Google was fined a record $2.7 billion by European antitrust officials on June 27 for breaking competition rules by giving its own shopping service priority placement in search results and relegating rivals to where consumers were less likely to click. Here’s how that could affect Europe’s already fraught relationship with Silicon Valley.
Google is the latest in a long line of U.S. companies to face stiff penalties from European antitrust officials; others include Facebook, Microsoft and Intel (although Google’s fine was by far the biggest). In 2015, President Obama suggested the bloc’s scrutiny of Silicon Valley companies was a form of protectionism, sparking discussion of anti-American bias.
But the E.U.’s top antitrust official Margrethe Vestager rejects those claims, and she has data to prove it. Per commission figures, U.S. companies account for just 8% of all antitrust and cartel fines since 2010, while 60% are against E.U. firms. And experts say perceptions of anti-American bias are just a symptom of the fact that the world’s largest IT companies, which deserve tough regulatory scrutiny, happen to be American. Still, the June 27 ruling could further strain relations between the U.S. and Europe, especially in the wake of President Trump’s decision to withdraw from the Paris climate accord.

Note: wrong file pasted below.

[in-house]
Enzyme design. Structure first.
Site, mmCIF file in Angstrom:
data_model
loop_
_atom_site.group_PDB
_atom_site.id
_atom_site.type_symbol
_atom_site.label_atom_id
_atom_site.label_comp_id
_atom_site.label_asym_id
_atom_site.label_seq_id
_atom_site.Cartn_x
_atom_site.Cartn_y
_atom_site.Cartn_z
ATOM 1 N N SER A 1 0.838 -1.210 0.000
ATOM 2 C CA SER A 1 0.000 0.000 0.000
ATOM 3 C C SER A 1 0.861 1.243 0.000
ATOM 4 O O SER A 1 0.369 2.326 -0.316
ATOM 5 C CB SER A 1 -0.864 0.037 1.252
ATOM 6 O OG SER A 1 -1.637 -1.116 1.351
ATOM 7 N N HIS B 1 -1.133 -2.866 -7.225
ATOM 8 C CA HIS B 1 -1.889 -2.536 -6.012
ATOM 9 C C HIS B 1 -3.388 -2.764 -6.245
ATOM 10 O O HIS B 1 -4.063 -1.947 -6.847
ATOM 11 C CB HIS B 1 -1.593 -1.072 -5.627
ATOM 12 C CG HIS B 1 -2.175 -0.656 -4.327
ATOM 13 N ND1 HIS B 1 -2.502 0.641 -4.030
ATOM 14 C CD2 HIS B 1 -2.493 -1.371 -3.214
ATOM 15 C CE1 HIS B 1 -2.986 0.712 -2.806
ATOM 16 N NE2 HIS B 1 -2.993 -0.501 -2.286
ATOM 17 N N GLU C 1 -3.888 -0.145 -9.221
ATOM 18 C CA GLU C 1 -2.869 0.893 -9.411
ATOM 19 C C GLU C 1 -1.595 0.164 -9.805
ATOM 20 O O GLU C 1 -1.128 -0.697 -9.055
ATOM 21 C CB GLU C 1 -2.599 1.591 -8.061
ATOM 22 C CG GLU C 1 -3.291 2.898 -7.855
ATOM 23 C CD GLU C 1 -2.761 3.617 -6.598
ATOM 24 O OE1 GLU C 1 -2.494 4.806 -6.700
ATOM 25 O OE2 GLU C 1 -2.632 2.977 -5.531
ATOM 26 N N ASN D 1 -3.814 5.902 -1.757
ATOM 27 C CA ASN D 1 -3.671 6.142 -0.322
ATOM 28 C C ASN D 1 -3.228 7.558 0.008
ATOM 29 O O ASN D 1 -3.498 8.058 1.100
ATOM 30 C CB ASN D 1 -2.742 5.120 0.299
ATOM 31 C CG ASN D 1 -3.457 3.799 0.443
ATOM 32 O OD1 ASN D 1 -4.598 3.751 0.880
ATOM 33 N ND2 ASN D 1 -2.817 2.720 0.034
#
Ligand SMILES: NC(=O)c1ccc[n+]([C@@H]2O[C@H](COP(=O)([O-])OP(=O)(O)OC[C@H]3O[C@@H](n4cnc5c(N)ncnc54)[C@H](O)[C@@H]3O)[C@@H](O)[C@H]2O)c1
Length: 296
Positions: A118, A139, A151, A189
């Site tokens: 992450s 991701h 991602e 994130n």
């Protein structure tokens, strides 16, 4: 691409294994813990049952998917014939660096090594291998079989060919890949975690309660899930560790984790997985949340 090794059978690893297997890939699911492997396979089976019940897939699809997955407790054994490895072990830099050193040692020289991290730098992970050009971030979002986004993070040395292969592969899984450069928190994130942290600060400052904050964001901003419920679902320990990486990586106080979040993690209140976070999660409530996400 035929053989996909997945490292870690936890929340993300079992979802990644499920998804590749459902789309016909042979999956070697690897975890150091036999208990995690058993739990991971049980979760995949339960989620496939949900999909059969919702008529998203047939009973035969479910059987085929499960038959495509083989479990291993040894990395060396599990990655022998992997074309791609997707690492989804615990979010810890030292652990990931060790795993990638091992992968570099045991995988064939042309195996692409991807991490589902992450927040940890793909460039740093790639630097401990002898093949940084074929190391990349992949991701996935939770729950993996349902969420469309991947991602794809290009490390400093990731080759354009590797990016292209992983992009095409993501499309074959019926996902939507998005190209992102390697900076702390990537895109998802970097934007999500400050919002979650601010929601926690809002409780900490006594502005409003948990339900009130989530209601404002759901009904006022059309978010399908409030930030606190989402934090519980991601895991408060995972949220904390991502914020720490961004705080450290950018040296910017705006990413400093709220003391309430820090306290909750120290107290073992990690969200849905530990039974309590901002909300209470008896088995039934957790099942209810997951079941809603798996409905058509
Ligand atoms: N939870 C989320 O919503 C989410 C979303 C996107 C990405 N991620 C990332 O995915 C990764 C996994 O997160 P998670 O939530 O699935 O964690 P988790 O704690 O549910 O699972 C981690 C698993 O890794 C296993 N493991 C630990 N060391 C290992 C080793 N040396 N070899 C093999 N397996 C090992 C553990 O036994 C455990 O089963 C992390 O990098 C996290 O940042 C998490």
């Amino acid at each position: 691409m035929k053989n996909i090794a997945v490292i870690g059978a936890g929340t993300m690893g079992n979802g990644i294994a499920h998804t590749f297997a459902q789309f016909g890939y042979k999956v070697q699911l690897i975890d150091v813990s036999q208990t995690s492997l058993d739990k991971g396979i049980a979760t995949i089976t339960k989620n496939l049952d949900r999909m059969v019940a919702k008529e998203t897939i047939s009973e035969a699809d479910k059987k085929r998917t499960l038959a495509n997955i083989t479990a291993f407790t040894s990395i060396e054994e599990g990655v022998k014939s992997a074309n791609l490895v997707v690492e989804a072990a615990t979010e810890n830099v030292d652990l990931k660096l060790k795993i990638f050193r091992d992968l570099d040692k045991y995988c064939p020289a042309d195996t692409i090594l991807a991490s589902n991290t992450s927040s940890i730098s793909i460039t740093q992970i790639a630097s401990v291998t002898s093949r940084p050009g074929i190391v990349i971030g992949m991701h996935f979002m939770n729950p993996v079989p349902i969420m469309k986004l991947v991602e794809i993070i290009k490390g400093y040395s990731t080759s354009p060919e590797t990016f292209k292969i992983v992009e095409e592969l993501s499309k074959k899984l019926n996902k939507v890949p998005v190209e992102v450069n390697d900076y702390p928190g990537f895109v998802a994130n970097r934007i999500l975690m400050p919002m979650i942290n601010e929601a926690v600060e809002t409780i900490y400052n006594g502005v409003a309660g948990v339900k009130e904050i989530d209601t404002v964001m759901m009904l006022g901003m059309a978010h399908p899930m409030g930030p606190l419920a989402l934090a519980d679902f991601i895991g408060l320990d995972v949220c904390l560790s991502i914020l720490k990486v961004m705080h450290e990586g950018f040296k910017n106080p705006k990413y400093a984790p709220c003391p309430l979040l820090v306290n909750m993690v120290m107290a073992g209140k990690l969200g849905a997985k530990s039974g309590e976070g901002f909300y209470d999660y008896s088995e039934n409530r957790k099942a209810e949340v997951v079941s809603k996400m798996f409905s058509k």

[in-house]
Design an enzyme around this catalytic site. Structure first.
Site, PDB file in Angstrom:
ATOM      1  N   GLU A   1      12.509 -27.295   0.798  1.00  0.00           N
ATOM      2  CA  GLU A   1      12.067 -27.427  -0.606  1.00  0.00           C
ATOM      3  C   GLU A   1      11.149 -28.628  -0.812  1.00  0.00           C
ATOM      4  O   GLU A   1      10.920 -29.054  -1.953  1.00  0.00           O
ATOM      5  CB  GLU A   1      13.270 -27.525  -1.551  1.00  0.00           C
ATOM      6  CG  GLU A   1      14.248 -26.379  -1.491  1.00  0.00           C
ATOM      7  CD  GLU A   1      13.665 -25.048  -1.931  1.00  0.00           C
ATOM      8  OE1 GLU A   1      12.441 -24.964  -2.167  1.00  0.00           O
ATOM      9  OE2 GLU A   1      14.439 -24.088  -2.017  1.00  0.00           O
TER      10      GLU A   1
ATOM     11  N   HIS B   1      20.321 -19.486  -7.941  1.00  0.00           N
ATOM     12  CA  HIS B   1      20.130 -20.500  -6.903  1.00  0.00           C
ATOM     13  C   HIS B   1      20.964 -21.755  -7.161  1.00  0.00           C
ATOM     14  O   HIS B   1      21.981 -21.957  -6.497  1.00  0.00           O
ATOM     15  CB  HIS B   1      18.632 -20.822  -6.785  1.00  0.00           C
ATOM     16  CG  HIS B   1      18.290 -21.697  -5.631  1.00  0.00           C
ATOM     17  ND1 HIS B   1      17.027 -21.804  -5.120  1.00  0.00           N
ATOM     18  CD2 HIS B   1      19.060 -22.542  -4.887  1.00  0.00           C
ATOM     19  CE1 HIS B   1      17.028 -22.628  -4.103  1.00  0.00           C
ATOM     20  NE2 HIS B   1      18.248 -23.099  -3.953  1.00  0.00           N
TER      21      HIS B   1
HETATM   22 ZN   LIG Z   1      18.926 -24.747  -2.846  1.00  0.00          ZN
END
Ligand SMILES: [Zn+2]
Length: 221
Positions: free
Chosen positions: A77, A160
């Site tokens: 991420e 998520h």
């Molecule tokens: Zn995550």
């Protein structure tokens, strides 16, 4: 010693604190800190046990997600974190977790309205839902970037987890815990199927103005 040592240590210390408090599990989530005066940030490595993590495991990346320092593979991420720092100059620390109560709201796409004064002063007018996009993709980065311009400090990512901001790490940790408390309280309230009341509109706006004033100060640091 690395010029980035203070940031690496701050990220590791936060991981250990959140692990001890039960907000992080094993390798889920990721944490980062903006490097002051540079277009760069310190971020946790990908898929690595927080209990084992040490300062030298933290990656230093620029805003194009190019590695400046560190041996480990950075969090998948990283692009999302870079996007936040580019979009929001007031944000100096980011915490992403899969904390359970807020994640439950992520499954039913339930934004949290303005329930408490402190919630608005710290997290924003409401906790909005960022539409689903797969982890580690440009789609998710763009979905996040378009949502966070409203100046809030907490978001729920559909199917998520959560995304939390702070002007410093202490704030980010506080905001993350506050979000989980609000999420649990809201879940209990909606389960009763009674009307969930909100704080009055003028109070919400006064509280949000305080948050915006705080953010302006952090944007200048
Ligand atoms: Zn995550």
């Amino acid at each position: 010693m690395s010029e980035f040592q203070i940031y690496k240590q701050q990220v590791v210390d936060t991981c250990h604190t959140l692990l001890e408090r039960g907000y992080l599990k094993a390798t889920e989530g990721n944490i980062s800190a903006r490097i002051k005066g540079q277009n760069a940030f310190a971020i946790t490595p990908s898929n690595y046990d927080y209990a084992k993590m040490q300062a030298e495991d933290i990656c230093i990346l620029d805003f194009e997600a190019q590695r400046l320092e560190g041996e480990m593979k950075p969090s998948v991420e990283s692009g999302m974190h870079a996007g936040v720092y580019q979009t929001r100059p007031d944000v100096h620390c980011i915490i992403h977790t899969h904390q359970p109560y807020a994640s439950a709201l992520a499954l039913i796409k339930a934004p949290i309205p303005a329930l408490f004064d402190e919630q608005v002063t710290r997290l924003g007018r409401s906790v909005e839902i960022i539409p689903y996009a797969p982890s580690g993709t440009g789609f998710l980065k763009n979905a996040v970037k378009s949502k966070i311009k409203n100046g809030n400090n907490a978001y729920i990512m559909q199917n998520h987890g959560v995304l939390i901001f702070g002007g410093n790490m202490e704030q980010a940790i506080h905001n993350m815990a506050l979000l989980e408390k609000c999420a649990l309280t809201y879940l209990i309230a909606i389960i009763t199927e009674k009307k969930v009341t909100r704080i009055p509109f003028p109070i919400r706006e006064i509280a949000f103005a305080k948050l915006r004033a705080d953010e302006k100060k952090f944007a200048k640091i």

Google has denied the commission’s claim, and might appeal its decision in court. Meanwhile, Vestager’s action establishes Google as a near monopoly in online search, a precedent that could pave the way for further actions against the Internet giant.
This appears in the July 10, 2017 issue of TIME.
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